Europe

No shots fired! 2 EU nations exchange territory as friends

  • Dutch Prime Minister Mark Rutte, left, turns around as the heel of the shoe of Queen Mathilde of Belgium gets stuck in between the cobblestones as she walks with King Philippe towards the National Monument on the start of their three-day visit to The Netherlands, in Amsterdam, Monday, Nov. 28, 2016. (AP Photo/Peter Dejong)

    Dutch Prime Minister Mark Rutte, left, turns around as the heel of the shoe of Queen Mathilde of Belgium gets stuck in between the cobblestones as she walks with King Philippe towards the National Monument on the start of their three-day visit to The Netherlands, in Amsterdam, Monday, Nov. 28, 2016. (AP Photo/Peter Dejong)  (The Associated Press)

  • King Philippe and Queen Mathilde of Belgium walks towards the national monument on Dam square on the start of their three-day visit to The Netherlands, in Amsterdam, Monday, Nov. 28, 2016. (AP Photo/Peter Dejong)

    King Philippe and Queen Mathilde of Belgium walks towards the national monument on Dam square on the start of their three-day visit to The Netherlands, in Amsterdam, Monday, Nov. 28, 2016. (AP Photo/Peter Dejong)  (The Associated Press)

  • King Philippe and Queen Mathilde of Belgium, center, Dutch Prime Minister Mark Rutte, left, and Amsterdam mayor Eberhard van der Laan, right, walk towards the national monument on Dam square on the start of the three-day visit of the Belgian royal couple to The Netherlands, in Amsterdam, Monday, Nov. 28, 2016. (AP Photo/Peter Dejong)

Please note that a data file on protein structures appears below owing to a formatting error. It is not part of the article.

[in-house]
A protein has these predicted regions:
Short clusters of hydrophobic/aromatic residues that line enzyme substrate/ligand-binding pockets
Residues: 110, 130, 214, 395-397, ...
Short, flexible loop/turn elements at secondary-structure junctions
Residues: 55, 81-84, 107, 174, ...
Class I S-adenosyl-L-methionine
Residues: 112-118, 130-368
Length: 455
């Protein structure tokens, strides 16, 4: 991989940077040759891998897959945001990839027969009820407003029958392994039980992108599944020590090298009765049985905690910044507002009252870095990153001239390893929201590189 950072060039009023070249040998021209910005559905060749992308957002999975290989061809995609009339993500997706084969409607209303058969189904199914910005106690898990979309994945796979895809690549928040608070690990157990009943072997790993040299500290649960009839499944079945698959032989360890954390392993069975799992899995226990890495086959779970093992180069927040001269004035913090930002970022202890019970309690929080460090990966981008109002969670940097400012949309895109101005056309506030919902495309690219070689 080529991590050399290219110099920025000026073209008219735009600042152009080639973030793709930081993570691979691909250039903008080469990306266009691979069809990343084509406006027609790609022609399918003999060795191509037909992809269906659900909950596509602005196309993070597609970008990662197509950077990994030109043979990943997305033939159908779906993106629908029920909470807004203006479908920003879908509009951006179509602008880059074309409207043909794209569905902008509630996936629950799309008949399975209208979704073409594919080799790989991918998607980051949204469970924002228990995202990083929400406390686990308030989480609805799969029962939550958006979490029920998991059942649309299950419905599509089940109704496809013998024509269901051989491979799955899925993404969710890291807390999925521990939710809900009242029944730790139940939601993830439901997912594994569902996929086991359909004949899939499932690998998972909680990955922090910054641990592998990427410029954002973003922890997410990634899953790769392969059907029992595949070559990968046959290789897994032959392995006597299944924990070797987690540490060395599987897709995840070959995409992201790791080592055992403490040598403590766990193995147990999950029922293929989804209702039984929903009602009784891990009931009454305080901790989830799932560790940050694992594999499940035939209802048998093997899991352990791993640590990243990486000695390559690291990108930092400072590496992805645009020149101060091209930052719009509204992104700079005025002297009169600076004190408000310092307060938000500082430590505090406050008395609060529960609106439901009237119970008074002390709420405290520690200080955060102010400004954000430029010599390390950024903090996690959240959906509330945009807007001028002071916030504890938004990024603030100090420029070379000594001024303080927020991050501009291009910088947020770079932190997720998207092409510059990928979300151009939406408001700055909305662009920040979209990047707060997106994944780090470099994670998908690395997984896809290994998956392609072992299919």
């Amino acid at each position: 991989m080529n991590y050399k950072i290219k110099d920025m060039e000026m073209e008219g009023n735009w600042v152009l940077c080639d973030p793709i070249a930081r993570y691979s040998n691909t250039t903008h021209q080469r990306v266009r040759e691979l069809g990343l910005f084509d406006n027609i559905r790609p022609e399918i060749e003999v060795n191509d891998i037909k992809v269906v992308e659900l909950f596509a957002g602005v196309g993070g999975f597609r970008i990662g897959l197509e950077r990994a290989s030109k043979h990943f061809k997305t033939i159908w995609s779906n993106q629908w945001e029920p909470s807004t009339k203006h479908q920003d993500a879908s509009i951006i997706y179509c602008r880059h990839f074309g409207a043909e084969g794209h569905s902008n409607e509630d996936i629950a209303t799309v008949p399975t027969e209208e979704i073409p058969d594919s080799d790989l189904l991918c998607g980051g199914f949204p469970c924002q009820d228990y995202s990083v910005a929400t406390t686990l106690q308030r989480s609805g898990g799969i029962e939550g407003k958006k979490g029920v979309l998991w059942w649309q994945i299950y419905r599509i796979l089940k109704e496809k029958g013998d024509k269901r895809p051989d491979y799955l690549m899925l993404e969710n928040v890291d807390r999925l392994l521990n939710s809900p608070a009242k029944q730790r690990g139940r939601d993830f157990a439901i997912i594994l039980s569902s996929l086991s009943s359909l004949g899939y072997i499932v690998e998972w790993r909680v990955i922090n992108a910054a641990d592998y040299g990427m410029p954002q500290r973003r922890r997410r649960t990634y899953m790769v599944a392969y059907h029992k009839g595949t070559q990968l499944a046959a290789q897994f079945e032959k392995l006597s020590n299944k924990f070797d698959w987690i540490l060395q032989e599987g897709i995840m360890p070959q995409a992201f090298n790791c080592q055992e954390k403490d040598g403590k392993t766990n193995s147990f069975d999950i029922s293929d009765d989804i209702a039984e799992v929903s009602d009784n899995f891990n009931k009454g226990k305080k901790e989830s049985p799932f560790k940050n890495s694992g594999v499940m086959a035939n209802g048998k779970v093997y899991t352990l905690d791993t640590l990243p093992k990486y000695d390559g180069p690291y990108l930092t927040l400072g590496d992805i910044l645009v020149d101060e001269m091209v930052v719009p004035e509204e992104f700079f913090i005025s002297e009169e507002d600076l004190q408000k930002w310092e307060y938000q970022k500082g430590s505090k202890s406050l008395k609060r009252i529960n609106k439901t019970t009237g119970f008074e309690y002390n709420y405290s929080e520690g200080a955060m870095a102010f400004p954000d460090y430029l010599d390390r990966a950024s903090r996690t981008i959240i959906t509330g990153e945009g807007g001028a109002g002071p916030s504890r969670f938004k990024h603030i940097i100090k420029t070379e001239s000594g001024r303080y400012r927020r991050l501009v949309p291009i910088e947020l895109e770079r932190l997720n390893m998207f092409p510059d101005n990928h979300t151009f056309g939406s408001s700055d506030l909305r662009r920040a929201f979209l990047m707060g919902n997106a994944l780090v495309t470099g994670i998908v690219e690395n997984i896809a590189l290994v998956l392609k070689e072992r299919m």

King Philippe and Queen Mathilde of Belgium, center, Dutch Prime Minister Mark Rutte, left, and Amsterdam mayor Eberhard van der Laan, right, walk towards the national monument on Dam square on the start of the three-day visit of the Belgian royal couple to The Netherlands, in Amsterdam, Monday, Nov. 28, 2016. (AP Photo/Peter Dejong)  (The Associated Press)

The Netherlands and Belgium, with their royals in attendance, have signed a deal for a peaceful exchange of land between them for the mere fact that it makes sense to do so.

While the globe is littered with pieces of territory that are jealously held on to or fought over for historical reasons, the two neighboring nations on Monday signed away tiny plots of their land to the other because they were too much of a practical and jurisdictional bother.

On the meandering Meuse river, which divides both nations, Belgium gave up a tiny peninsula linked only to the Netherlands and got in return a nearby piece from its neighbor.

Belgian Foreign Minister Didier Reynders said the signing shows "borders can also be changed in a peaceful manner."